Caribbean
Fabien Cousteau's Proteus. Yves Béhar / Fuseproject

Carribean - Ambitious Designs for Underwater 'Space Station' and Habitat Unveiled

Sixty feet beneath the surface of the Caribbean Sea, aquanaut Fabien Cousteau and industrial designer Yves Béhar are envisioning the world's largest underwater research station and habitat.

The pair have unveiled Fabien Cousteau's Proteus, a 4,000-square-foot modular lab that will sit under the water off the coast of Curaçao, providing a home to scientists and researchers from across the world studying the ocean -- from the effects of climate change and new marine life to medicinal breakthroughs.

Designed as a two-story circular structure grounded to the ocean floor on stilts, Proteus' protruding pods contain laboratories, personal quarters, medical bays and a moon pool where divers can access the ocean floor. Powered by wind and solar energy, and ocean thermal energy conversion, the structure will also feature the first underwater greenhouse for growing food, as well as a video production facility.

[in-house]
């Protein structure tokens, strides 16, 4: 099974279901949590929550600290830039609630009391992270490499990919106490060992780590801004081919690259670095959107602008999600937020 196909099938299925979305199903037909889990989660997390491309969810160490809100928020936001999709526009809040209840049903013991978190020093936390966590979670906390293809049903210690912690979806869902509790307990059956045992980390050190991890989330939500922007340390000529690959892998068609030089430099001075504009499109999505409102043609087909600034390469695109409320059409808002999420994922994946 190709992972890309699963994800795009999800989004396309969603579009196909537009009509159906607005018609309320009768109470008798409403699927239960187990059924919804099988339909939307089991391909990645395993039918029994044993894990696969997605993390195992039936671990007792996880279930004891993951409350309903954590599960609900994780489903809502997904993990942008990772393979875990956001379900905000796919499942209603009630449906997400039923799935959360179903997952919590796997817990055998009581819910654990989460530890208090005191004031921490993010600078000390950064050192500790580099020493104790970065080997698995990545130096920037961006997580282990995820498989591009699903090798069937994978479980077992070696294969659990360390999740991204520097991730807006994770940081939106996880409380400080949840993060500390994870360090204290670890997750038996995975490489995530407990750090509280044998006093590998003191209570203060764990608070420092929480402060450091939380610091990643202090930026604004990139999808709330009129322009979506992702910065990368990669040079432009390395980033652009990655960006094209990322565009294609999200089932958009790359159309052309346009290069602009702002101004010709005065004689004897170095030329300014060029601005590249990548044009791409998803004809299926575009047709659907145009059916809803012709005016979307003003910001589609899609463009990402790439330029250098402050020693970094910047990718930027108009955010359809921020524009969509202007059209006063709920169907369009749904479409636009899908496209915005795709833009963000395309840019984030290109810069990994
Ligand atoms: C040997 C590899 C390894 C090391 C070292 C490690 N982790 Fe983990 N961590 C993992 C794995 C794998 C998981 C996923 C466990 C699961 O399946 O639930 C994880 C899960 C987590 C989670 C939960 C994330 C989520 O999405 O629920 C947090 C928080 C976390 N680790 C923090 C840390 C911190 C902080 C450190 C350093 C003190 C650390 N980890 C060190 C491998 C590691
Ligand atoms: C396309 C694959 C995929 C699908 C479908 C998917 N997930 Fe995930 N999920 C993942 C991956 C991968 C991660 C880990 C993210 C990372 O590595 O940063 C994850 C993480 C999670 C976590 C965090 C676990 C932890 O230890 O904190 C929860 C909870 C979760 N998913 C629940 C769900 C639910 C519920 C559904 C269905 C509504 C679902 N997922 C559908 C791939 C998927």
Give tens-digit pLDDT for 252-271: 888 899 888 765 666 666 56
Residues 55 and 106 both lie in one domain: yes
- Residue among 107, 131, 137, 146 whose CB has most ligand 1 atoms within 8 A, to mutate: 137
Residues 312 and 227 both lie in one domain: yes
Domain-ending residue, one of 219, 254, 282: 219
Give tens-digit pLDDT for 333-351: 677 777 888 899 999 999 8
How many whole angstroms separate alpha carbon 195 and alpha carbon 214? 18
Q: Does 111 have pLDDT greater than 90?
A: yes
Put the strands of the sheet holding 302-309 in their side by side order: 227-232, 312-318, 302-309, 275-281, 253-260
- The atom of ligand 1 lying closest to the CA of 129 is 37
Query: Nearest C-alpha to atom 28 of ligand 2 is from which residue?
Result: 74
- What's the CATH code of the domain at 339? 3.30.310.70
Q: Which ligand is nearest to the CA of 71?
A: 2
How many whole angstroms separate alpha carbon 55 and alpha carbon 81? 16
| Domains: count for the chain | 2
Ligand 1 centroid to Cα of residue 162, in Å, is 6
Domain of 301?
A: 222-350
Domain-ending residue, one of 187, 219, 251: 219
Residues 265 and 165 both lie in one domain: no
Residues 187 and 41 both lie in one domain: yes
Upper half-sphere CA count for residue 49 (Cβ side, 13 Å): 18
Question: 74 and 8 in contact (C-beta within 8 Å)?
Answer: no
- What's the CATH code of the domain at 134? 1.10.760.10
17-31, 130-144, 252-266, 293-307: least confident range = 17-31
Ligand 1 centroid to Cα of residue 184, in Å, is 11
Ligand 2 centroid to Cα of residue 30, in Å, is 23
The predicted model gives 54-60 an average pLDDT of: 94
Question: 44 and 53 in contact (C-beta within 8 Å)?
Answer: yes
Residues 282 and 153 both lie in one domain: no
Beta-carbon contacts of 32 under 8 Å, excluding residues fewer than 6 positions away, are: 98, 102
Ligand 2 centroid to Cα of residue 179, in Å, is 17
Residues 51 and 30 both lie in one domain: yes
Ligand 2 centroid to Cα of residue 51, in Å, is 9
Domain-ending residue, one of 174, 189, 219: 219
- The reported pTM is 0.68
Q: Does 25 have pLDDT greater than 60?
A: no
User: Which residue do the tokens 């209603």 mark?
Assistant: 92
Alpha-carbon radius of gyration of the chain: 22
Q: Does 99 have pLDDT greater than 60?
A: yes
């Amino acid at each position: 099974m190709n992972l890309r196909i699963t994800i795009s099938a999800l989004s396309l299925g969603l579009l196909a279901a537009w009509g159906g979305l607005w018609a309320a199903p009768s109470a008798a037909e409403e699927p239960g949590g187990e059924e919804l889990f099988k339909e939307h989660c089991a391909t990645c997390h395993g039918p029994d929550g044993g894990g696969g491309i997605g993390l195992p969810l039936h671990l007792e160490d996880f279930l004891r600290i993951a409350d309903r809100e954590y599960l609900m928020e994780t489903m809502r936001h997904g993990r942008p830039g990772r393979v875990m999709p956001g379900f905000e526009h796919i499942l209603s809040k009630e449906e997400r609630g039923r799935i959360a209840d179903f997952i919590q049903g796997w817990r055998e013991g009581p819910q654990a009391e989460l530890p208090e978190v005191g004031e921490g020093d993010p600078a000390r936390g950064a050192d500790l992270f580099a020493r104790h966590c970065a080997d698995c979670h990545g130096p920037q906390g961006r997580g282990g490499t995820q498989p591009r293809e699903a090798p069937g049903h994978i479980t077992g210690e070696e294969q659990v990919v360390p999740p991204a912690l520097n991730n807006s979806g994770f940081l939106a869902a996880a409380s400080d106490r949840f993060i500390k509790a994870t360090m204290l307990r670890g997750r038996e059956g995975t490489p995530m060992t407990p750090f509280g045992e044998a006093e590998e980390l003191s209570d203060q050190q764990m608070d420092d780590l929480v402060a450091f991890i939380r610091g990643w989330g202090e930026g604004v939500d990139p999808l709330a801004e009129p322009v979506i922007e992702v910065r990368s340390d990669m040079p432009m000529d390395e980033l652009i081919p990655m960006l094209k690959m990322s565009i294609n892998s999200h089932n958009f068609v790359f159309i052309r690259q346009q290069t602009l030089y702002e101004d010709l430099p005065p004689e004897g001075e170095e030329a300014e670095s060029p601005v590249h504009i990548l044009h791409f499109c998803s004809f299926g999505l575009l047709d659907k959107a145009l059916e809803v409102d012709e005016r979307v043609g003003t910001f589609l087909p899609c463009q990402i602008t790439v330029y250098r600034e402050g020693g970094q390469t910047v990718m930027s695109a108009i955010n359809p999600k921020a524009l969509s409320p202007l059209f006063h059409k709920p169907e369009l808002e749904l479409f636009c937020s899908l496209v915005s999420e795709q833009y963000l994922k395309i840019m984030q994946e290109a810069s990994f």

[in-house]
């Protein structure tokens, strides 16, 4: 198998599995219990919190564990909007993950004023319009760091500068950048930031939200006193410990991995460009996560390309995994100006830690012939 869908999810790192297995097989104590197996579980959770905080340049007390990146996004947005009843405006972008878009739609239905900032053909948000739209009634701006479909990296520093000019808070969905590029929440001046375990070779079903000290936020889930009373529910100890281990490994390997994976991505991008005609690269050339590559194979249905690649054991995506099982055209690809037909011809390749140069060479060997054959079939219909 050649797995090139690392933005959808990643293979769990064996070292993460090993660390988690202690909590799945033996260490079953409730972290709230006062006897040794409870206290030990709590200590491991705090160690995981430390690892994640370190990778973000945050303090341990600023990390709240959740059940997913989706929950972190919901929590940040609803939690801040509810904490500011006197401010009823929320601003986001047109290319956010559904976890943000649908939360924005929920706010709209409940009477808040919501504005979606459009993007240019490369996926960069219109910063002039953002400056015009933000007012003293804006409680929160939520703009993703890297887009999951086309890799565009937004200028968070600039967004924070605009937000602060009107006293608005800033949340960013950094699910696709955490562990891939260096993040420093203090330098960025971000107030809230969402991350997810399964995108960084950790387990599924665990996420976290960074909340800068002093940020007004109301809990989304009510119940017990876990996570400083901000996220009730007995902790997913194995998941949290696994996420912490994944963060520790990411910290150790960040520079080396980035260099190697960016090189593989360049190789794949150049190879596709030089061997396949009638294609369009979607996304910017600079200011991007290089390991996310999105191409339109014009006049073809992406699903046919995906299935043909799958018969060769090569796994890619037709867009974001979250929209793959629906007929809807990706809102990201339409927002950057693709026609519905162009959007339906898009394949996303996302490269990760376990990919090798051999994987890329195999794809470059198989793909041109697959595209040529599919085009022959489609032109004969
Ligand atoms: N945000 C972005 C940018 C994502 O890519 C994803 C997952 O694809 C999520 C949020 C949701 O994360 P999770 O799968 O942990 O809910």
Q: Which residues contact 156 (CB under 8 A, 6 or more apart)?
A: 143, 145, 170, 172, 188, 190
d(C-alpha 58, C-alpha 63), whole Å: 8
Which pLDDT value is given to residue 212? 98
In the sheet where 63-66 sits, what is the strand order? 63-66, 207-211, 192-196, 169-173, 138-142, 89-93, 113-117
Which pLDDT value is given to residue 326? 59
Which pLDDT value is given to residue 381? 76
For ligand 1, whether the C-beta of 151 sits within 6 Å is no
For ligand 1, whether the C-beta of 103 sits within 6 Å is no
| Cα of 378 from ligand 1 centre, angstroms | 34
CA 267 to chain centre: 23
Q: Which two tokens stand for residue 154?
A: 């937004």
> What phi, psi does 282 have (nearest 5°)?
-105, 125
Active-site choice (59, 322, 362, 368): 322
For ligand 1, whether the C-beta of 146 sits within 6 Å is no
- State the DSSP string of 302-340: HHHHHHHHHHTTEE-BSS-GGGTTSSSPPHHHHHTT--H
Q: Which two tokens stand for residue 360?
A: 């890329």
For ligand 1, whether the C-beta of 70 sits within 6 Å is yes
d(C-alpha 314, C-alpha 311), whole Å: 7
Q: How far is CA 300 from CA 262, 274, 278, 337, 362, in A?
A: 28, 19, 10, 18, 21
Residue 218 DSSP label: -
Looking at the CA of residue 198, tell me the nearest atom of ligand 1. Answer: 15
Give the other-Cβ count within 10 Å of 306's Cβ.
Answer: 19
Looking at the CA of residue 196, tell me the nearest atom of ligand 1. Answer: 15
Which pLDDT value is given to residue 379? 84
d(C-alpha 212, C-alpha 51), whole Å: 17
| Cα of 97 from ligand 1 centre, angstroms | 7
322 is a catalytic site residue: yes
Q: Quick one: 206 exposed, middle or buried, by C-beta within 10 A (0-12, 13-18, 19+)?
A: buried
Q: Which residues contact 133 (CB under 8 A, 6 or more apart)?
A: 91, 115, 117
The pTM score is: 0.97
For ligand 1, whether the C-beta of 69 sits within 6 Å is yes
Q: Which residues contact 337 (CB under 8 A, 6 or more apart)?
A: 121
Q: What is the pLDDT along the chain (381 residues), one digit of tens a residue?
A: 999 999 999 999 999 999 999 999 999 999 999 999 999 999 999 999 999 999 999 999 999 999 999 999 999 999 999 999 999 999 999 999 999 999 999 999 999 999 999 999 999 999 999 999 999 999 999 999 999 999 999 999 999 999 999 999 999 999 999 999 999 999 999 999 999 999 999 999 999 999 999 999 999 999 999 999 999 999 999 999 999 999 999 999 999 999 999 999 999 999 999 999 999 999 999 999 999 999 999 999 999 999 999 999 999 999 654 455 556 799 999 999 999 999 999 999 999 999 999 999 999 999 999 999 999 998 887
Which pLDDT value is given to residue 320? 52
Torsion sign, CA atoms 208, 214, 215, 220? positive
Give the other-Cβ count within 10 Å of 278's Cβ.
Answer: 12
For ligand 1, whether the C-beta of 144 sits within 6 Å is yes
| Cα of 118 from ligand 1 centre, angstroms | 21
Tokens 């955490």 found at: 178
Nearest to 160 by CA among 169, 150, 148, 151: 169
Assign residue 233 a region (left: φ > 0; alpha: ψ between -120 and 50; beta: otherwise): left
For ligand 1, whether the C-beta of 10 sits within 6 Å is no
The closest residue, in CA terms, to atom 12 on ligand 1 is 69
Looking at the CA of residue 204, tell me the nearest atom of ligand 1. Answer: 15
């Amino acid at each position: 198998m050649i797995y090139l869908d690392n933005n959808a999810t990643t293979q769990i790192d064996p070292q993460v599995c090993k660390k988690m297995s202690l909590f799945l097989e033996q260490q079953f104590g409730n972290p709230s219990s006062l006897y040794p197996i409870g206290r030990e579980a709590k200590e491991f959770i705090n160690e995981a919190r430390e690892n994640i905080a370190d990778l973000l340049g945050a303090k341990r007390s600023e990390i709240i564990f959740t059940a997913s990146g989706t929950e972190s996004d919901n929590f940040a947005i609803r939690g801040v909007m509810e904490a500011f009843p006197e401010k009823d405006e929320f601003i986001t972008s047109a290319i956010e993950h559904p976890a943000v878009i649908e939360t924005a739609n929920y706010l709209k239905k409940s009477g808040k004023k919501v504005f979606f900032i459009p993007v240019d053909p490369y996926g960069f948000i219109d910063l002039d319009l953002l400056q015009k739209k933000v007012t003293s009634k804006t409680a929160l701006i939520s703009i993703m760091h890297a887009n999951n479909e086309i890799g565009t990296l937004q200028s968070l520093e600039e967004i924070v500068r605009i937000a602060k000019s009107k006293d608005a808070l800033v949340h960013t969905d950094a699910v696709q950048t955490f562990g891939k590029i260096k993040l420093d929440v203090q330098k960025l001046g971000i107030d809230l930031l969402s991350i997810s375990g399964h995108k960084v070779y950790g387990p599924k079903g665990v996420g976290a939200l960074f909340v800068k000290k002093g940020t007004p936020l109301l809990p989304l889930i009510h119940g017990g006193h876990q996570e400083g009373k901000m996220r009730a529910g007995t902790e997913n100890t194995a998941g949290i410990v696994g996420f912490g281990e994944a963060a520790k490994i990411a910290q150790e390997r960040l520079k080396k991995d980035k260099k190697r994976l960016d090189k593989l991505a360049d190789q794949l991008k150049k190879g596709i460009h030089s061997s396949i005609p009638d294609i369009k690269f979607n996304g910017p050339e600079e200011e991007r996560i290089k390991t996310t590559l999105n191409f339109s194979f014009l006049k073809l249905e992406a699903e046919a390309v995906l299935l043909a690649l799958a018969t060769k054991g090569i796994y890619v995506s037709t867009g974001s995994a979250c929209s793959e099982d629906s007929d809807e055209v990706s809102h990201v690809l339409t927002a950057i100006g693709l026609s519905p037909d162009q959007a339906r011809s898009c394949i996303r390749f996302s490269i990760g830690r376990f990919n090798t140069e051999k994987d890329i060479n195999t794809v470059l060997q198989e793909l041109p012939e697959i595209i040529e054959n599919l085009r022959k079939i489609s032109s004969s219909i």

The Proteus is intended to be the underwater version of the International Space Station (ISS), where government agencies, scientists, and the private sector can collaborate in the spirit of collective knowledge, irrespective of borders.

"Ocean exploration is 1,000 times more important than space exploration for -- selfishly -- our survival, for our trajectory into the future," Cousteau said over a video call, with Béhar. "It's our life support system. It is the very reason why we exist in the first place."

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